September 2021, Volume 71, Issue 9

Student's Corner

Lack of paediatric surgical cardiac care in Pakistan

Muhammad Abdul Rehman  ( Third Year MBBS Student, Dow Medical College, Dow University of Health Sciences, Karachi, Pakistan. )
Anooja Rani  ( Third Year MBBS Student, Dow Medical College, Dow University of Health Sciences, Karachi, Pakistan. )
Maheen Fatima Hussaini  ( Final Year MBBS Student, Dow Medical College, Dow University of Health Sciences, Karachi, Pakistan. )

DOI: https://doi.org/10.47391/JPMA.3022

 

Madam, over the past several years the highest incidence rates of congenital heart diseases (CHD) have been reported from African and Asian countries with unprecedented surge in countries like North Korea and Pakistan.1 Pakistan has seen a subtle but continuous increase in the percentage of CHD-related deaths in the paediatric age group (0-14 years) over the last few years. From 2017 to 2019, 2.07% (10,701.31), 2.13% (10,408.06) and 2.19% (10,403.35) children died due to CHDs respectively.2 Hence, the paediatric surgical cardiac care currently available cannot cater to the needs of an enormously populated Pakistan. A nationwide survey carried out in 2014 highlighted the insufficiency in the number of functional paediatric cardiac care units in Pakistan where out of 16 operational paediatric intensive care units (PICUs) merely three were dedicated cardiac PICUs. The report also elicited that only 155 beds were present in the aforementioned 16 PICUs.3 Despite having around 60,000 babies born with CHD annually, as recorded in a 2017 report, Pakistan only has 4 hospitals that perform paediatric cardiac surgery.4 Besides, the study reports that over 60 per cent of children with CHD fail to live through the first few years of their lives, elucidating the dire need for more paediatric cardiac surgery centers and PICUs. In order to decrease paediatric CHD mortality, it is vital to highlight and address the need for accessible and modern infrastructure, to diagnose efficiently, treat and follow-up with appropriate post-operative care. Inclusion of a vigorous neonatal screening system, such as through pulse oximetery, may also help identify CHD in neonates with a promising certainty; to plan the delivery of surgical care at an appropriate age.5,6 Paediatric physicians, alongside government support, must raise awareness regarding risk factors for CHDs, such as maternal diabetes increasing the risk of transposition of the great vessels. Furthermore, a new nationwide survey should be conducted to consider all rural and metropolitan paediatric cardiac patients, their access to healthcare facilities, and mortality. All to supplement and better understand the dire need for sufficient paediatric cardiological healthcare.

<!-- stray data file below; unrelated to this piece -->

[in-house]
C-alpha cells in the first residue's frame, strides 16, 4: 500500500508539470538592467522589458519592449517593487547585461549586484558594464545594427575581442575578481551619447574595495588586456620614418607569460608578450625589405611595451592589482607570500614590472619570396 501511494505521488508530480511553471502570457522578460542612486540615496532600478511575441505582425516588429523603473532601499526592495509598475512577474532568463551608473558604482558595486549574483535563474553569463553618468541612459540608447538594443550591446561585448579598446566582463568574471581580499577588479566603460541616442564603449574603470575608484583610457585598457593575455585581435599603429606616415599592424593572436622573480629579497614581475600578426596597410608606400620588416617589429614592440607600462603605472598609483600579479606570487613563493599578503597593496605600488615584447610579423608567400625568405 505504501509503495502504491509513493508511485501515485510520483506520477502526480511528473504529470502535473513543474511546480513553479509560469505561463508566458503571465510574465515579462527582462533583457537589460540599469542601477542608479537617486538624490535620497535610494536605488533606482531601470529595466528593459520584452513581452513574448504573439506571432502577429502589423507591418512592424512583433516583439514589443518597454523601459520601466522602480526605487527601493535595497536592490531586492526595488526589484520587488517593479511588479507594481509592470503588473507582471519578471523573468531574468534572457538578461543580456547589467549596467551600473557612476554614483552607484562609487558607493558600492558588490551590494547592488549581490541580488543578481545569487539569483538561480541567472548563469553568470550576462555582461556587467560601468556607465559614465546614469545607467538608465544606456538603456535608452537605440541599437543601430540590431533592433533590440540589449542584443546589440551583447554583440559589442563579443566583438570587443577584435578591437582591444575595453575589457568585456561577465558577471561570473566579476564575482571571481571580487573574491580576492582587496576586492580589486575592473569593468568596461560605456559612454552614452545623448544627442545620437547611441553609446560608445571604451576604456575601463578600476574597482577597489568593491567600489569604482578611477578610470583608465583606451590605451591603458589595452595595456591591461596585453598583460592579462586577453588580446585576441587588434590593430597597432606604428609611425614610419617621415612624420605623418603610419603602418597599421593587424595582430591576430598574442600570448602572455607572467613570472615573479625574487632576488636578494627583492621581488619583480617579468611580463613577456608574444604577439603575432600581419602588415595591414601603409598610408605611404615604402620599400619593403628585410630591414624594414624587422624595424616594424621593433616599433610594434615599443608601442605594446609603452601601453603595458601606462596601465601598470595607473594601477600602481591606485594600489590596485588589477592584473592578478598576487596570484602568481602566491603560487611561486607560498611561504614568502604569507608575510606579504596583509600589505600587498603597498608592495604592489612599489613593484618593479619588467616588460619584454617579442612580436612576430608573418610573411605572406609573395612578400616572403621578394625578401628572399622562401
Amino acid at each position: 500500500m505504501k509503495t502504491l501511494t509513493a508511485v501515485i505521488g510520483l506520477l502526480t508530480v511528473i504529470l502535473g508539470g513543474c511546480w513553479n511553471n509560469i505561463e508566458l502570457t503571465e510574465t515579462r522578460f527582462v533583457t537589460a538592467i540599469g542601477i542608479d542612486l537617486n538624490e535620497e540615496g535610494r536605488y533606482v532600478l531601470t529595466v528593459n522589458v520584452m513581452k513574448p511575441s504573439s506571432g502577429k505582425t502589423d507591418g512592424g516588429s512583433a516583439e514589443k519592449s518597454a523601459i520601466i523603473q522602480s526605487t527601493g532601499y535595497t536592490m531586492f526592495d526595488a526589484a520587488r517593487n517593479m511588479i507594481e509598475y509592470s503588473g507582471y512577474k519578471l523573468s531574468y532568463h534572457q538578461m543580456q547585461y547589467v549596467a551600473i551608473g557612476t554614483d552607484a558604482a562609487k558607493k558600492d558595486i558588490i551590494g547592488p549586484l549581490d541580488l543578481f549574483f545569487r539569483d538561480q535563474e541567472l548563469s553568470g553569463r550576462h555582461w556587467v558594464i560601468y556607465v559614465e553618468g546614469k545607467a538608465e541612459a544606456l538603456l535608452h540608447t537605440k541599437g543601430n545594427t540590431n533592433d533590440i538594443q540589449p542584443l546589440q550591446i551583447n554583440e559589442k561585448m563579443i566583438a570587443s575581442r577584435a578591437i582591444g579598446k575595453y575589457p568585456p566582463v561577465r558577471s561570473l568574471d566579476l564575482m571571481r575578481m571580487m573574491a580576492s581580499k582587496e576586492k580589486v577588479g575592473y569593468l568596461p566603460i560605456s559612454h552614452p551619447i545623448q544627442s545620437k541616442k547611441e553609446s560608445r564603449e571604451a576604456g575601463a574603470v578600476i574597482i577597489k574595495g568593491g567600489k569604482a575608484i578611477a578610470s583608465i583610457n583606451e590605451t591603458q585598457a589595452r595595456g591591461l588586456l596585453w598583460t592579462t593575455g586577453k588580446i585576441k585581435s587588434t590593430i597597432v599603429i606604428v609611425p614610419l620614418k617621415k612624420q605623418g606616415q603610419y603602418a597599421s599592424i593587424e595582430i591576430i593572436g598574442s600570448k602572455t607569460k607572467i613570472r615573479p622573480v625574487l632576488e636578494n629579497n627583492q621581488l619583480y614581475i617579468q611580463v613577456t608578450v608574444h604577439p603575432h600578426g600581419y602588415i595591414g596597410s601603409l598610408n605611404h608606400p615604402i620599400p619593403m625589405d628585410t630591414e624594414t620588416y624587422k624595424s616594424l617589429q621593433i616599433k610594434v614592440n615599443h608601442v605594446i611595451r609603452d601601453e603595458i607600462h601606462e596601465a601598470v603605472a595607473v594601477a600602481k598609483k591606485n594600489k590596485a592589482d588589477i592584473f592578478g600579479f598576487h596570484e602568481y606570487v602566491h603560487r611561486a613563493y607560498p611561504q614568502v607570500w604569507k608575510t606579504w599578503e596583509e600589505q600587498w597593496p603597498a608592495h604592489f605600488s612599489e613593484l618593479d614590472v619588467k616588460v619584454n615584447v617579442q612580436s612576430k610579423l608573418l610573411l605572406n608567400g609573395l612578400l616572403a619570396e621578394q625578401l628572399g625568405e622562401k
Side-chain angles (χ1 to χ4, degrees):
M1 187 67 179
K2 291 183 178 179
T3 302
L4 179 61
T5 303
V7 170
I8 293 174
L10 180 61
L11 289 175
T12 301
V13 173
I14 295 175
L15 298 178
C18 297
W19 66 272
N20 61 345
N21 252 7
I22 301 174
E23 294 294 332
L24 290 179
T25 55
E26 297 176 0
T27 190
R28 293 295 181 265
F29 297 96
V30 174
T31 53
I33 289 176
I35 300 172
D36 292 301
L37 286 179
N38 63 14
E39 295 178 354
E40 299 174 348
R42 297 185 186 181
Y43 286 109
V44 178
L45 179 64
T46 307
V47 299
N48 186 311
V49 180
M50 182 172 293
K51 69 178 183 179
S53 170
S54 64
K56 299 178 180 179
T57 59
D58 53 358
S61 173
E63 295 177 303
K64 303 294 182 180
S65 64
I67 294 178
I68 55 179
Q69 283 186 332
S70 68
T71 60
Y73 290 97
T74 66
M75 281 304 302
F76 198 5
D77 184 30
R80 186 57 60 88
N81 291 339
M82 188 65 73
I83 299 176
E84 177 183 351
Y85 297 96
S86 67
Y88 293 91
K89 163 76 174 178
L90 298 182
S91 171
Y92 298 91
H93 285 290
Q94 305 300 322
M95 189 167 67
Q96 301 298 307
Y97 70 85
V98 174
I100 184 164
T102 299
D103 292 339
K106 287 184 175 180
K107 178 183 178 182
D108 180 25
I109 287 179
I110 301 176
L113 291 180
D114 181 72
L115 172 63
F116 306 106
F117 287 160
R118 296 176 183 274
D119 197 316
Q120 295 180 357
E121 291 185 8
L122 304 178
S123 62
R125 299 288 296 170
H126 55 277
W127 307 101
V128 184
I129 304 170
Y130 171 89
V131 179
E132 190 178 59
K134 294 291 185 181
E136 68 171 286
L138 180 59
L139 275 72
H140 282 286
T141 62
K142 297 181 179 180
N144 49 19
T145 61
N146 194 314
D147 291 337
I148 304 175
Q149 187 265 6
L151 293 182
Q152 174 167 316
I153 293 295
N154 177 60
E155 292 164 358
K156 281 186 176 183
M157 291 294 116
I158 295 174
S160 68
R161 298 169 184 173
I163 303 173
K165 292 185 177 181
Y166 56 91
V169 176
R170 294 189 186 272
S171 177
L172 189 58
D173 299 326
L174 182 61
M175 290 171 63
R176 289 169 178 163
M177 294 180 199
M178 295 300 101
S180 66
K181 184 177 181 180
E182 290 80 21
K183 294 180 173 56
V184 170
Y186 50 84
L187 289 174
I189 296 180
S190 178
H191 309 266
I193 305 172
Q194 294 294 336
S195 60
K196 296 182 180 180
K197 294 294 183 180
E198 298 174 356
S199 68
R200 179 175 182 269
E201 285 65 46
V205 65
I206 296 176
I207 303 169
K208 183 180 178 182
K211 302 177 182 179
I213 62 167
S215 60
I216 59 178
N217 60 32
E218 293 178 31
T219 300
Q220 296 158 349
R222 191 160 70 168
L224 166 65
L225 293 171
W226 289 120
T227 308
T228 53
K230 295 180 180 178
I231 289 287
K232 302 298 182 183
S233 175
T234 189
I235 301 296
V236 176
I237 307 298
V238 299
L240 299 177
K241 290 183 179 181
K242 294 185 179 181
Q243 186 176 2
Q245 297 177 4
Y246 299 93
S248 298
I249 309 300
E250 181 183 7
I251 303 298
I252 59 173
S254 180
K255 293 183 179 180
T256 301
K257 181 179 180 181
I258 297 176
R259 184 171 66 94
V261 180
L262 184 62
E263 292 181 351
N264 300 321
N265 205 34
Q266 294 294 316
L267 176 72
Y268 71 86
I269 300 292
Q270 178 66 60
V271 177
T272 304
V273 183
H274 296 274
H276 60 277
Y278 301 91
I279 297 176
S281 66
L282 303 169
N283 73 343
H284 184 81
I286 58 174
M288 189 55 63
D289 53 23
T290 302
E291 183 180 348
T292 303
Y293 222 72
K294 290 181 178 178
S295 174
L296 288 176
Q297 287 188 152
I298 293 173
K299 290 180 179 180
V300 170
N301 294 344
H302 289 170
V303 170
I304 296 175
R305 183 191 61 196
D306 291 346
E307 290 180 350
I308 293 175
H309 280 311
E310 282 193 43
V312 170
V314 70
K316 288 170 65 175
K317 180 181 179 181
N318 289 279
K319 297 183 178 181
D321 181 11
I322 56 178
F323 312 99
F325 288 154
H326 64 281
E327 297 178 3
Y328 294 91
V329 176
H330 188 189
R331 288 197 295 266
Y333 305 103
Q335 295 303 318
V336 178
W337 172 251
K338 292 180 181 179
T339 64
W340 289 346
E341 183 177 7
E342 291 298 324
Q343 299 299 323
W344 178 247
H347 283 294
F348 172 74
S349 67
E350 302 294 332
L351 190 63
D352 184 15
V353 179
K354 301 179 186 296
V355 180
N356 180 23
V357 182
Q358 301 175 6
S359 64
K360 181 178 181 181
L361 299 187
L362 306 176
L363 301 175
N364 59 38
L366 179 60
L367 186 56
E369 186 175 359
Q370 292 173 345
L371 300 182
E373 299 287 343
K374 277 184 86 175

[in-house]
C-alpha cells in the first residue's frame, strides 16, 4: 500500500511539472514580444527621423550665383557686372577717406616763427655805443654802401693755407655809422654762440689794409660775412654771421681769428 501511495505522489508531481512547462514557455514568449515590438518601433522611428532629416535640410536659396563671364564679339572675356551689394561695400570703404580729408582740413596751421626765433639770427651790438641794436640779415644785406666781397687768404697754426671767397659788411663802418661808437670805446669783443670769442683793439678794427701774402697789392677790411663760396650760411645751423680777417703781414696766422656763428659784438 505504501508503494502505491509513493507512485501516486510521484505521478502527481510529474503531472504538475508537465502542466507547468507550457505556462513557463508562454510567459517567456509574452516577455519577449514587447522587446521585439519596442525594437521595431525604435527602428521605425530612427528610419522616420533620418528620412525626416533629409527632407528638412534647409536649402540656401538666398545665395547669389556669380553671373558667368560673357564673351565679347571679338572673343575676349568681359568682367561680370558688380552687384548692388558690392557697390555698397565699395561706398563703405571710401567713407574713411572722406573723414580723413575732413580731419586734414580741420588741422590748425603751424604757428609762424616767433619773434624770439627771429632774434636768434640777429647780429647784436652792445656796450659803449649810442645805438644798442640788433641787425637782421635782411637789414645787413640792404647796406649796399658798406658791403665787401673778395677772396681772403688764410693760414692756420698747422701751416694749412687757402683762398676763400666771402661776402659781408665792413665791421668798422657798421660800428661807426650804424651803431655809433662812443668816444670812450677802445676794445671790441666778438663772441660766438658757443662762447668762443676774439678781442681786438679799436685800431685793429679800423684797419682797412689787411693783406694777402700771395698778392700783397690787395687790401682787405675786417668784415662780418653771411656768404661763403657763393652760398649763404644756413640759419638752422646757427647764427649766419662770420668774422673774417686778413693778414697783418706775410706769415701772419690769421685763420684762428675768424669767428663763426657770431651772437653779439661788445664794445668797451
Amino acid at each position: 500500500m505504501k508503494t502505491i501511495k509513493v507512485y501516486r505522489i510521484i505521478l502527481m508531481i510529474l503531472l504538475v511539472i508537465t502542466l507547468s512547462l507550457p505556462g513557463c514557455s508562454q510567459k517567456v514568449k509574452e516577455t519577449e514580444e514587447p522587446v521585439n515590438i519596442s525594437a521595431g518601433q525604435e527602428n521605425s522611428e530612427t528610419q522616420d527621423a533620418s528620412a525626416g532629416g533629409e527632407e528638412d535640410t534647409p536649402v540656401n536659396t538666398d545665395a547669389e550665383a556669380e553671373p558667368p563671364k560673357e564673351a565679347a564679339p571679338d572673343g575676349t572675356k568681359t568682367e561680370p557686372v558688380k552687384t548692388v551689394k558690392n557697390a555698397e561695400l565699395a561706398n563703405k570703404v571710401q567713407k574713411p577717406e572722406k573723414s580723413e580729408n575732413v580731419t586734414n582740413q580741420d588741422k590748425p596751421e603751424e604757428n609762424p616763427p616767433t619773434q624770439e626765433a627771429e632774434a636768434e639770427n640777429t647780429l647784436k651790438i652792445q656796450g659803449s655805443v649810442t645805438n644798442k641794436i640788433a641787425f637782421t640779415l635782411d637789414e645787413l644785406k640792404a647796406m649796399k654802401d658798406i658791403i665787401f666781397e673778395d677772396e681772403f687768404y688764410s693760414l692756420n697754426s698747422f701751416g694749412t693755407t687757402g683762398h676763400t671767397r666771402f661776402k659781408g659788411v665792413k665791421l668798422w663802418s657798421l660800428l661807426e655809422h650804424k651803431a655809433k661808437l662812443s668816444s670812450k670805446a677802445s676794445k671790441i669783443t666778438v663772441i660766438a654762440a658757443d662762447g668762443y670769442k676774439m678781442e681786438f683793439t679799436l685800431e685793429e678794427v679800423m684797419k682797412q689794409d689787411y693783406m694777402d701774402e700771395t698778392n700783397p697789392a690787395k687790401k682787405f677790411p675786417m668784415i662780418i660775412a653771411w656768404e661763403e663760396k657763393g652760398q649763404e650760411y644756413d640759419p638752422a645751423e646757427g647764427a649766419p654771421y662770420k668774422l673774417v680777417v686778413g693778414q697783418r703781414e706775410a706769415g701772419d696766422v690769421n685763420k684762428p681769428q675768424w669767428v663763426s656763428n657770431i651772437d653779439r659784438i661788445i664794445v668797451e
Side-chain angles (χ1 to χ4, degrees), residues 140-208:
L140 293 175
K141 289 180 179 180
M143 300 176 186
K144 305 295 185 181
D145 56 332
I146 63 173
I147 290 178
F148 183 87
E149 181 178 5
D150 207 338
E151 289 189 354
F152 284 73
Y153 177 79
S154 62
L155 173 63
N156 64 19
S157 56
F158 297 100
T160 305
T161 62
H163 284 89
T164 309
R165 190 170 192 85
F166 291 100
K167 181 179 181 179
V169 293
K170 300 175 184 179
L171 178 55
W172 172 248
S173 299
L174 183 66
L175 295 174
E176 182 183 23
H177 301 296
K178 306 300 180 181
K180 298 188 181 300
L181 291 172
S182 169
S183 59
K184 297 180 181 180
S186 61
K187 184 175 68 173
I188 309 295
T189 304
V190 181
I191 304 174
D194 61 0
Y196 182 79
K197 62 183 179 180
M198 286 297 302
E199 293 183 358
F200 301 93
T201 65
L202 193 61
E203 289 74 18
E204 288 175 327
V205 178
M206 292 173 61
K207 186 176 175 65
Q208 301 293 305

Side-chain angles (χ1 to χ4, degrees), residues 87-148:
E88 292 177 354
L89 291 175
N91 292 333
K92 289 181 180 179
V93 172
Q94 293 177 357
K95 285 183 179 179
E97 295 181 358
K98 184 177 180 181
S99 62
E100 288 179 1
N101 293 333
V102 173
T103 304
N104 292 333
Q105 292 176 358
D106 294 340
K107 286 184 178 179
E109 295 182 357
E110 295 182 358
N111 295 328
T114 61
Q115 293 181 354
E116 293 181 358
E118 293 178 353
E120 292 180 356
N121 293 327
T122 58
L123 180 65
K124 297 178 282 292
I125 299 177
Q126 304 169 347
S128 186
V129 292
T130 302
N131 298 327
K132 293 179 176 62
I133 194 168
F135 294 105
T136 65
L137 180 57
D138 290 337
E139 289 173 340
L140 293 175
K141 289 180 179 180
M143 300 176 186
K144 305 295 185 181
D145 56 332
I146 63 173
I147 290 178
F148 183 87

In Pakistan, a developing country, most of the healthcare resources are clustered in metropolitan cities such as Karachi, leading to reduced accessibility to hospitals and healthcare facilities. Therefore, to bridge the gap between cardiac paediatric health facilities and the rural population, cardiac units should be set so that patients do not have to travel for hours to main cities for diagnosis and treatment.

 

Acknowledgement: None.

Disclaimer: None.

Conflict of Interest: None.

Funding Disclosure: None.

 

References

 

1. Wu W, He J, Shao X. Incidence and mortality trend of congenital heart disease at the global, regional, and national level, 1990-2017. Medicine (Baltimore). 2020; 99:e20593.

2. Global Burden of Disease Collaborative Network. Global Burden of Disease Study 2019 (GBD 2019) Results. Seattle, United States: Institute for Health Metrics and Evaluation (IHME). [Online] [Cited 2020 December 20]. Available from: URL: http://ghdx.healthdata.org/gbd-results-tool

3. Haque A, Ladak LA, Hamid MH, Mirza S, Siddiqui NR, Bhutta ZA. A National Survey of Pediatric Intensive Care Units in Pakistan. J Crit Care Med. 2014; 2014:842050.

4. Congenital heart disease fund, Pakistan. [Online] 2017 [Cited 2020 December 30]. Available from: URL: https://www.aku.edu/supportus/why-give/Documents/CHDreport-2017.pdf.

5. Shahzad M, Waqar T, Irfan Waheed KA, Gul R, Fatima ST. Pulse oximetry as a screening tool for critical congenital heart defects in newborns. J Pak Med Assoc. 2017; 67:1220-3.

6. Mohammad N, Shaikh S, Memon S, Das H. Spectrum of heart disease in children under 5 years of age at Liaquat University Hospital, Hyderabad, Pakistan. Indian Heart J. 2014; 66:145-9.

 

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